alex haley, autobiography, beloved, black history, book review, che guevara, fidel castro, frederick douglass, malcolm x, roots, Slavery, toni morrison, Washington DC
Narrative of the Life of Frederick Douglass by Frederick Douglass
My rating: 3 of 5 stars
There is no doubt countless works written about slavery. The most famous that comes to mind is the epic ‘Roots’ by Alex Haley which is regarded as a keystone of Black historical fiction and the more contemporary, but equally compelling ‘Beloved’; Toni Morrison’s impenetrably abstract deconstruction of ‘slave psychology’ that explores the extremities of motherly love, death and the chains of freedom. Frederick Douglass’ autobiography may not be an epic, but his book definitely stands as a precious precursor to the aforementioned books. Because Douglass was a real-life pioneer of the abolition who not only managed to escape slavery, but who also went on to being a celebrated orator, secretary of the Santo Domingo Commission, marshall and recorder of deeds in the district of Columbia and US Minister to Haiti.
Needless to say, this short narrative really does not do justice to the many deeds Douglass managed to achieve during his extraordinary life, but rather gives us insight into the mind of a born revolutionary and the things he suffered that eventually and inevitably led him to his profession. The most common thing about such men of destiny is a striking similarity in their sense of ‘belonging to a cause’ and a dogged determination in overcoming the overwhelming obstacles shared by their brethren. This coupled with an unusual sensitivity to suffering gives rise to men of the ilk of Castro, Guevara and Malcolm X: men with a mission to alleviate the dishonour and injustice inflicted upon a race, a country, a creed.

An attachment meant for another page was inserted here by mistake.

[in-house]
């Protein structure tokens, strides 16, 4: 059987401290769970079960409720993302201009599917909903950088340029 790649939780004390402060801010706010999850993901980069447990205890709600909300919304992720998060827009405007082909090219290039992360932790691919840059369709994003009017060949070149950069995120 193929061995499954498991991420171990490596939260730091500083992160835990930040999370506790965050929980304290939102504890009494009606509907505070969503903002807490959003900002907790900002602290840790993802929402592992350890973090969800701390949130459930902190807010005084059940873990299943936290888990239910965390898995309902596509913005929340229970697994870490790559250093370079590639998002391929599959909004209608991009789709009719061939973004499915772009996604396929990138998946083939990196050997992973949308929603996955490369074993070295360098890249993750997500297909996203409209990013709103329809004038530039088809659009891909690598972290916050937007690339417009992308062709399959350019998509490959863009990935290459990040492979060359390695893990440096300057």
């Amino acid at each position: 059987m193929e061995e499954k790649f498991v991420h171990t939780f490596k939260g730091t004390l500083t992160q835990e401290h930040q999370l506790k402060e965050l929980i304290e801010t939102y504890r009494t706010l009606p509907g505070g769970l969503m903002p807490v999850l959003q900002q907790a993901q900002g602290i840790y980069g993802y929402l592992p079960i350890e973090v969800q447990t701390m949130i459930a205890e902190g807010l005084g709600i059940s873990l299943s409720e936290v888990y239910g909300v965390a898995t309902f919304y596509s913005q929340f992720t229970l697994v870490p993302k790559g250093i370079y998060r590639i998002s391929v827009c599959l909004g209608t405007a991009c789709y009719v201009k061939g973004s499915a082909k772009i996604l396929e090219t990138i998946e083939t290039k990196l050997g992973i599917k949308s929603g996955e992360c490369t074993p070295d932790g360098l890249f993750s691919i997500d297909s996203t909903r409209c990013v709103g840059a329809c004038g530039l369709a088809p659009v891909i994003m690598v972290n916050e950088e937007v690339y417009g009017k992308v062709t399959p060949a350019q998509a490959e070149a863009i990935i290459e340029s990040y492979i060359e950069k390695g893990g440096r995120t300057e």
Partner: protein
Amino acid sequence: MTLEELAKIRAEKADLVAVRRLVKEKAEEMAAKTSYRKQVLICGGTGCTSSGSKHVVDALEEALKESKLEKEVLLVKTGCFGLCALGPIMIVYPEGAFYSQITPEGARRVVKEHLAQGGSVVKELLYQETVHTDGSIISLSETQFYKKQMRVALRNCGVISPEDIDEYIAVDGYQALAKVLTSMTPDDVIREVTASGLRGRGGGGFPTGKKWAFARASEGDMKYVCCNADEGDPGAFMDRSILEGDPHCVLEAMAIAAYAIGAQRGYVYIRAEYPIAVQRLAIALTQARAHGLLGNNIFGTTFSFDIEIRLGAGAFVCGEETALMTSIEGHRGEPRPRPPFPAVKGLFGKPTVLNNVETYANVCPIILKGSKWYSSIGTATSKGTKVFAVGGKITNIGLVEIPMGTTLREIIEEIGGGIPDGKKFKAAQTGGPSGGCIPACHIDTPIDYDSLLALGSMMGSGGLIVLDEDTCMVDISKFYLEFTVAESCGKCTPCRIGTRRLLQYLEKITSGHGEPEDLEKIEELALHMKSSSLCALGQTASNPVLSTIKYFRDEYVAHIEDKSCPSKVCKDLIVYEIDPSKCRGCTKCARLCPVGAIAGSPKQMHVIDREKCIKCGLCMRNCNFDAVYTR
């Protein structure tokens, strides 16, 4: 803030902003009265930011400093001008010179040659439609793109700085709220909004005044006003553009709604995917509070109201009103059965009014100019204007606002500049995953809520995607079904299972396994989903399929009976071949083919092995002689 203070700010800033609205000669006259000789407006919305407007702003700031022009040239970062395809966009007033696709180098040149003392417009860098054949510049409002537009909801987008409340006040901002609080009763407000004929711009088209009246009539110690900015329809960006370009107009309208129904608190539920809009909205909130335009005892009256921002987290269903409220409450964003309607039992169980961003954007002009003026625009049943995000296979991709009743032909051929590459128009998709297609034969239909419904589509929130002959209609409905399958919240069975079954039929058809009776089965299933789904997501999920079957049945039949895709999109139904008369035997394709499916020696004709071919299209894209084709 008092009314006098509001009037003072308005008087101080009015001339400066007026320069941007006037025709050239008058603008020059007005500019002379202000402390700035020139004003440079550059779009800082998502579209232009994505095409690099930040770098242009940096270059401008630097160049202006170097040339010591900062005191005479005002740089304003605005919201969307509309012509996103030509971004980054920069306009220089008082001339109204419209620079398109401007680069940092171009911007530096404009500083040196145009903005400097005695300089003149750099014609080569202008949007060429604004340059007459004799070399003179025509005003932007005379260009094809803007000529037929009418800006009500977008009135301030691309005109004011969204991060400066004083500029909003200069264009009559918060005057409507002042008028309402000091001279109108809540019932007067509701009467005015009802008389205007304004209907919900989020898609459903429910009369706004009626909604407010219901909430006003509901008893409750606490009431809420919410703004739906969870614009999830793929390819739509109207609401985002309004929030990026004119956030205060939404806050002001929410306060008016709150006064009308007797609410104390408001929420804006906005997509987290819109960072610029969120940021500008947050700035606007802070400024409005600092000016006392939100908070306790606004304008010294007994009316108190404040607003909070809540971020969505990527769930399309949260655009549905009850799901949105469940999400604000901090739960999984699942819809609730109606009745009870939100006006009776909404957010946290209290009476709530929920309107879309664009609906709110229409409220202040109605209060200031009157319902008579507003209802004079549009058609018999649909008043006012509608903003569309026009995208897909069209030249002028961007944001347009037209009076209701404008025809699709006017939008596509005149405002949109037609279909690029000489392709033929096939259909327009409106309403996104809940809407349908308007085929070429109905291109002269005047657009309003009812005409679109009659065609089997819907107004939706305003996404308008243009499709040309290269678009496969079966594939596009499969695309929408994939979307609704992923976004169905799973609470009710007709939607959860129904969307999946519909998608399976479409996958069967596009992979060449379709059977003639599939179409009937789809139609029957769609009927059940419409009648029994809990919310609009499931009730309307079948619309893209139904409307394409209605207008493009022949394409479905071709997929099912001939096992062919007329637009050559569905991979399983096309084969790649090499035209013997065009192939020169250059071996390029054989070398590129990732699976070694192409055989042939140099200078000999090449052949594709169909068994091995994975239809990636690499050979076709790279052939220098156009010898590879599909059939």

For those interested in first person accounts of slavery, this is an excellent place to start. On the positive side it is free and widely available to read download and read online. I got my edition from Kobo, but it can also be accessed quite easily via Goodreads on Douglass’ author page. Secondly, it is also a historical document and could quite easily be used as a reference in a thesis or other type of research on the subject.
Through his writing I could easily see how powerful an orator Douglass must have been, as his sketches of the various good and cruel characters he met during his life is very clearly and deftly made. His command of the English language also makes the narrative very easy to read and understand. He also has the wonderful ability to make some very clever and impassioned metaphors pertaining to slavery that I felt was quite unique.
Altogether this narrative is a very valuable piece of literature that I think everyone should read, as it’s not only a part of Black history but everyone’s history. It is testament to what a man can achieve if only he sets his mind to it and perseveres not matter what.
- The Abolitionists coming in January (larahentz.wordpress.com)
- Frederick Douglass (Black/White) [American] (mixedamericanlife.wordpress.com)
- Why Is Frederick Douglass MIA From “Lincoln”? (bookerrising.net)
- Frederick Douglass statue moves to Emancipation Hall (thegrio.com)
- Entitlements Are Another Form of Slavery (tarpon.wordpress.com)
- Where Was Frederick Douglass in ‘Lincoln’? (theroot.com)